Ocasio-Cortez attacks fact-checkers for 'false equivalency,' 'bias'

Rep. Alexandria Ocasio-Cortez lashed out at fact-checkers just days after taking office, accusing them of “false equivalency” and “bias” toward her in their columns examining her statements.

Ocasio-Cortez, D-N.Y., has been called out by fact-checkers at a steady clip since her upset primary win last year over then-Rep. Joe Crowley. She's apparently had enough. On Monday, she took aim at PolitiFact and The Washington Post fact-check unit for supposedly singling her out.

“Facts are facts, America. We should care about getting things right. Yet standards of who gets fact-checked, how often + why are unclear,” Ocasio-Cortez tweeted Monday. “This is where false equivalency + bias creeps in, allowing climate deniers to be put on par w/ scientists, for example.”

Her argument was not so much that the columns were wrong but that they should be scrutinizing the Trump White House more. Ocasio-Cortez complained that PolitiFact fact-checked her the “same” amount of times as White House Press Secretary Sarah Sanders.

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“For example, it looks like @PolitiFact has fact-checked Sarah Huckabee Sanders and myself the *same* amount of times: 6,” she said. “She’s been serving for 2 years. I’ve served 4 days. Why is she fact-checked so little? Is she adhering to some standard we don’t know about?”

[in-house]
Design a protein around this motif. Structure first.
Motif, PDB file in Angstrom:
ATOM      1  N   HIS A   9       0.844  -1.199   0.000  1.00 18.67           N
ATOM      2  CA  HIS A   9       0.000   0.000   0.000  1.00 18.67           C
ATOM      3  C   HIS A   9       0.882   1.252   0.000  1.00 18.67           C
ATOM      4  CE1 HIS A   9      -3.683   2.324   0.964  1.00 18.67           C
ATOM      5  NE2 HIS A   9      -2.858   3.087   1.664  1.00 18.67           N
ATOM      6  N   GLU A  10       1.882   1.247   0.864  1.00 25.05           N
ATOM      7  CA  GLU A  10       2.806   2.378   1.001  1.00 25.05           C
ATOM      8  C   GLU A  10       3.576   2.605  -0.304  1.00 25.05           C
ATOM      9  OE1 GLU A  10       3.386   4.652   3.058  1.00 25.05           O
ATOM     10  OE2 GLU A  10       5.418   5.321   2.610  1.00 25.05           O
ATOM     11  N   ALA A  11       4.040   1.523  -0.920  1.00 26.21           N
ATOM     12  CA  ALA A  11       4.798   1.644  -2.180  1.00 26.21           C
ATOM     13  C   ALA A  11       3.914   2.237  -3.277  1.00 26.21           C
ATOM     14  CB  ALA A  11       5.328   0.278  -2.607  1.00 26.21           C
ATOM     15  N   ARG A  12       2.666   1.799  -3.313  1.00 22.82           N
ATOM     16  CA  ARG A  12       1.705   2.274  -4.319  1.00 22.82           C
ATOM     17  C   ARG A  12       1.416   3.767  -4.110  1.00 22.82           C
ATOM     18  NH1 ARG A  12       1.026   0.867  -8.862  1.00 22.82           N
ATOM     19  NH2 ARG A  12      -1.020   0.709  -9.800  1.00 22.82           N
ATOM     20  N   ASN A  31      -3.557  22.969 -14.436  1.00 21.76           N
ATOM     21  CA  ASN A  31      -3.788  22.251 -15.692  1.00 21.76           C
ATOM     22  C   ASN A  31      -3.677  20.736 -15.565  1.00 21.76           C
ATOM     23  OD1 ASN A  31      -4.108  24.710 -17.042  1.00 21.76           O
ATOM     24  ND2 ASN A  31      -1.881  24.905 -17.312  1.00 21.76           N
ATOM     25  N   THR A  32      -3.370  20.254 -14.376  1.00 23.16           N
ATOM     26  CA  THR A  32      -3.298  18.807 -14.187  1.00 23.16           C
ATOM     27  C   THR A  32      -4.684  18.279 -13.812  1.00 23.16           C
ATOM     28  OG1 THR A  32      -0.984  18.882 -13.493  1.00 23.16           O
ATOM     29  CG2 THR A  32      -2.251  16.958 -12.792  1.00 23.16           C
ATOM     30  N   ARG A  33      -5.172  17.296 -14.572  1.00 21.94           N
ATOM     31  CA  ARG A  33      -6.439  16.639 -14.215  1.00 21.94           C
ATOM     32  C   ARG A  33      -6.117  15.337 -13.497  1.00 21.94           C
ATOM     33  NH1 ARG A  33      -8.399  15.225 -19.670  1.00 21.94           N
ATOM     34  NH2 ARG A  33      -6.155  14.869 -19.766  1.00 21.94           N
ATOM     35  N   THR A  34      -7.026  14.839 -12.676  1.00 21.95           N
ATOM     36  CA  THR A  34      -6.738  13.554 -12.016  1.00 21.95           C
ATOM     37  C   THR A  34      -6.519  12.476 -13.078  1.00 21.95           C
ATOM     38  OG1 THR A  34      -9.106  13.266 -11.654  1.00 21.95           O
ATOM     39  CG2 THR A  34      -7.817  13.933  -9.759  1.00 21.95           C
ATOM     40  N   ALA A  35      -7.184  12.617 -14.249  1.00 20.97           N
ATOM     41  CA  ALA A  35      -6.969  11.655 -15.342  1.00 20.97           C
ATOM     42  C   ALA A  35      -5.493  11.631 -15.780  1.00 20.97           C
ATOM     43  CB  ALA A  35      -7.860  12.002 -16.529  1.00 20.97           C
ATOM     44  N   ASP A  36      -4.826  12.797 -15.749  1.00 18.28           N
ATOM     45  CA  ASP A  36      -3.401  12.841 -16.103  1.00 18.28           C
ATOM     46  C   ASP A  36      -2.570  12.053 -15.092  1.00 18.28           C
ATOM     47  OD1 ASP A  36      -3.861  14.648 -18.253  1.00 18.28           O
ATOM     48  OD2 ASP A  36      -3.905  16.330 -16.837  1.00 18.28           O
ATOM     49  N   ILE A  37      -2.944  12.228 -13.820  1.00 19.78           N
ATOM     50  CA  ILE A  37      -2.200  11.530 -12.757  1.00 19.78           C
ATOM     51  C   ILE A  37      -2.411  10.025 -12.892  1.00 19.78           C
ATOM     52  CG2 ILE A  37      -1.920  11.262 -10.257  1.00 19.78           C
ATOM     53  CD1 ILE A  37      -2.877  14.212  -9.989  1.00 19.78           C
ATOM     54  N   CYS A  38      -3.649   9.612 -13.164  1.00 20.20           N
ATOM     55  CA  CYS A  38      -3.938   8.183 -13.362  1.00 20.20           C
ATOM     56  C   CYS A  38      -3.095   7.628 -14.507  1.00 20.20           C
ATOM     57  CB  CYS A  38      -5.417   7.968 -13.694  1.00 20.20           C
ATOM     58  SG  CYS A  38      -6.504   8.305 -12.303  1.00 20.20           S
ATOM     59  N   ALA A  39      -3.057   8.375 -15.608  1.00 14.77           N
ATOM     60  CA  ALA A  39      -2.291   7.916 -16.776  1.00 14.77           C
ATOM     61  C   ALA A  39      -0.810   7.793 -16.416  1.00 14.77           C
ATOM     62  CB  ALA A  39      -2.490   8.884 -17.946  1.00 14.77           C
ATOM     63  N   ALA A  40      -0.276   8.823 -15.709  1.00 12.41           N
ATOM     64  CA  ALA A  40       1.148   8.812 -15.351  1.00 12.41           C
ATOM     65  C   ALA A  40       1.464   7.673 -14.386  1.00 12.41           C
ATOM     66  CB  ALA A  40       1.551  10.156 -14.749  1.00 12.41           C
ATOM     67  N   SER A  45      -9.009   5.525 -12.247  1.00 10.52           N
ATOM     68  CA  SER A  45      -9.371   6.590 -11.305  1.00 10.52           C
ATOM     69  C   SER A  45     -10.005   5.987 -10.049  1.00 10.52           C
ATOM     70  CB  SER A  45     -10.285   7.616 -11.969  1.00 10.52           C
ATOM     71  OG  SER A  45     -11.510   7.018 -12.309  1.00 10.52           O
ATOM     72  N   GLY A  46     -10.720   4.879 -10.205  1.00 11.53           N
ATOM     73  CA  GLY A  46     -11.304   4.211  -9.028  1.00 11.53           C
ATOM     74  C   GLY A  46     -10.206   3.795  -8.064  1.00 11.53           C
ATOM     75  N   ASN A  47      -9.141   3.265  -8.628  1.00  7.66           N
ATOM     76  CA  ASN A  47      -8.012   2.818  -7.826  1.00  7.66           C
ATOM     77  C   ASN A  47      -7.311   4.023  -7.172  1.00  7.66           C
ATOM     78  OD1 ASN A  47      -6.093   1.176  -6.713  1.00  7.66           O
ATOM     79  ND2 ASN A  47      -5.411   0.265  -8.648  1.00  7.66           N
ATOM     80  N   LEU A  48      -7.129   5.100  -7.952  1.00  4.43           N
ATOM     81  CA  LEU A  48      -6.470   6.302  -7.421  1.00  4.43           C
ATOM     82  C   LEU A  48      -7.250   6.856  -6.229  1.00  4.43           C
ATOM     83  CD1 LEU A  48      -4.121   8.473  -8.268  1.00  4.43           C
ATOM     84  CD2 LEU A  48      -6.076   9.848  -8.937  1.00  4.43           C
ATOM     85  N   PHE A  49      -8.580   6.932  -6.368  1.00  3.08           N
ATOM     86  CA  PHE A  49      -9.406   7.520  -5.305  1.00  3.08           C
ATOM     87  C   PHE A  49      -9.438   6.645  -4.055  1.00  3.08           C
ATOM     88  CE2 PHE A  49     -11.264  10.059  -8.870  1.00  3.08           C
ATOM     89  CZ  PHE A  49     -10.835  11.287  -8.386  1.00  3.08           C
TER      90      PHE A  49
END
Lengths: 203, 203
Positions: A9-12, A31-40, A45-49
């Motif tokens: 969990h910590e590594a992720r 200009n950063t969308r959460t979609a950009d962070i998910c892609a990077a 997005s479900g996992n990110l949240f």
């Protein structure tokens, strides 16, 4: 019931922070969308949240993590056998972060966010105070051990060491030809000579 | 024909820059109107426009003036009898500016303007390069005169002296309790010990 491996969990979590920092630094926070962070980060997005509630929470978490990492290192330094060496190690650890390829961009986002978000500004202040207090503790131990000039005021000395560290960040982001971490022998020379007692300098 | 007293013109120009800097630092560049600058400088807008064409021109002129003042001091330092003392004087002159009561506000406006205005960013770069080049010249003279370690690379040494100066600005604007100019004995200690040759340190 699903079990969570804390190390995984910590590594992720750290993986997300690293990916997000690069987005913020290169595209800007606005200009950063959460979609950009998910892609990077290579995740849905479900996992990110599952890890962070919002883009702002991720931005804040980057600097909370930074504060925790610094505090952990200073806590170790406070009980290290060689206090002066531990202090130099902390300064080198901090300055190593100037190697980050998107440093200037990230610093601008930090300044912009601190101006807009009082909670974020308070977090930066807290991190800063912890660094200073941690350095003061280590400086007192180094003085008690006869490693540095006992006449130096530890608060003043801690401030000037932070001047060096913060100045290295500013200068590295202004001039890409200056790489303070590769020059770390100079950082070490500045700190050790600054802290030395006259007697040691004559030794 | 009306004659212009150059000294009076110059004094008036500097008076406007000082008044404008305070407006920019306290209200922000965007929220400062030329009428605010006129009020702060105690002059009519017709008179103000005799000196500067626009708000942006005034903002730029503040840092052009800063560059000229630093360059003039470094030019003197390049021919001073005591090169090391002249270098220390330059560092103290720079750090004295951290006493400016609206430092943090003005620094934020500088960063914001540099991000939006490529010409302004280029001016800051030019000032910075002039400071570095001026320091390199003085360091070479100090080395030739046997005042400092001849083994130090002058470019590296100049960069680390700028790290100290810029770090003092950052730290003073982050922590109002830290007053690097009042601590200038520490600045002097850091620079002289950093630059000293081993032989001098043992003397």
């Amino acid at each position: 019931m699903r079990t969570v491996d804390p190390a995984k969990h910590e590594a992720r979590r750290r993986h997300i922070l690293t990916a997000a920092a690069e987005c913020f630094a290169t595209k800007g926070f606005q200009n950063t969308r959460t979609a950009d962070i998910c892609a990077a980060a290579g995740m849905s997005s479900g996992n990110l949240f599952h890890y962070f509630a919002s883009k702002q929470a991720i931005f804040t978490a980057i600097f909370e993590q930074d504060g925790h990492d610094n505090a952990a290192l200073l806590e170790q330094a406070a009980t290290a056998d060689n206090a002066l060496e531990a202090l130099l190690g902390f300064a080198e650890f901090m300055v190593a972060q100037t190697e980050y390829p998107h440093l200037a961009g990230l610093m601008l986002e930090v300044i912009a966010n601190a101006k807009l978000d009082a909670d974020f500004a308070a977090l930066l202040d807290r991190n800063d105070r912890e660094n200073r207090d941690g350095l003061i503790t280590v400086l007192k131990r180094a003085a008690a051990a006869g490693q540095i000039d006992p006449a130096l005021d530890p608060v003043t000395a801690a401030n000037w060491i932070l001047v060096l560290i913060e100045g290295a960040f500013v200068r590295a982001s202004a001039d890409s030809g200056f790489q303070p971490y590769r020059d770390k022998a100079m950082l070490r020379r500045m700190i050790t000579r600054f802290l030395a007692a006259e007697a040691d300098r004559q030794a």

She added: “Another question for @politifact: some officials’ statements (ex. Andrew Cuomo) get rated ‘true’ frequently. I say true things all the time – I’d hope most do. When does Politifact choose to rate true statements? Is there a guide? I’d be happy to repost if there is.”

A reporter for the Washington Post, which regularly publishes a fact-check column assigning “Pinocchios” based on the level of falsehood in statements made, hit back, noting there is a way to “avoid” being fact-checked -- and stressing they scrutinize the Trump administration plenty.

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“No one likes to be fact-checked. There’s a simple way to avoid it. And there’s a big difference between the colossal amount of time we spend fact-checking Trump (7,645 false/misleading claims and counting) and TWO fact-checks of @AOC,” Post reporter Sal Rizzo tweeted.

Ocasio-Cortez then seemed to back down.

“Fact-checking is critically important. It’s not always fun. But that’s okay! It pushes me to be better. It is important that if fact-checkers are referees, everyone know the rules –and those rules be as clear + fair as possible for all to play,” she said. “Thank you for the work you do.”

Ocasio-Cortez, in an interview Sunday on CBS News’ “60 Minutes,” was asked about the criticism over factual errors and argued it's more important to be "morally right."

“I think that there’s a lot of people more concerned about being precisely, factually, and semantically correct than about being morally right,” Ocasio-Cortez said.

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But she said it's still important to be factually correct and she owns up when she says something "clumsy."

"But it’s not the same thing as the president lying about immigrants. It’s not the same thing at all," she said.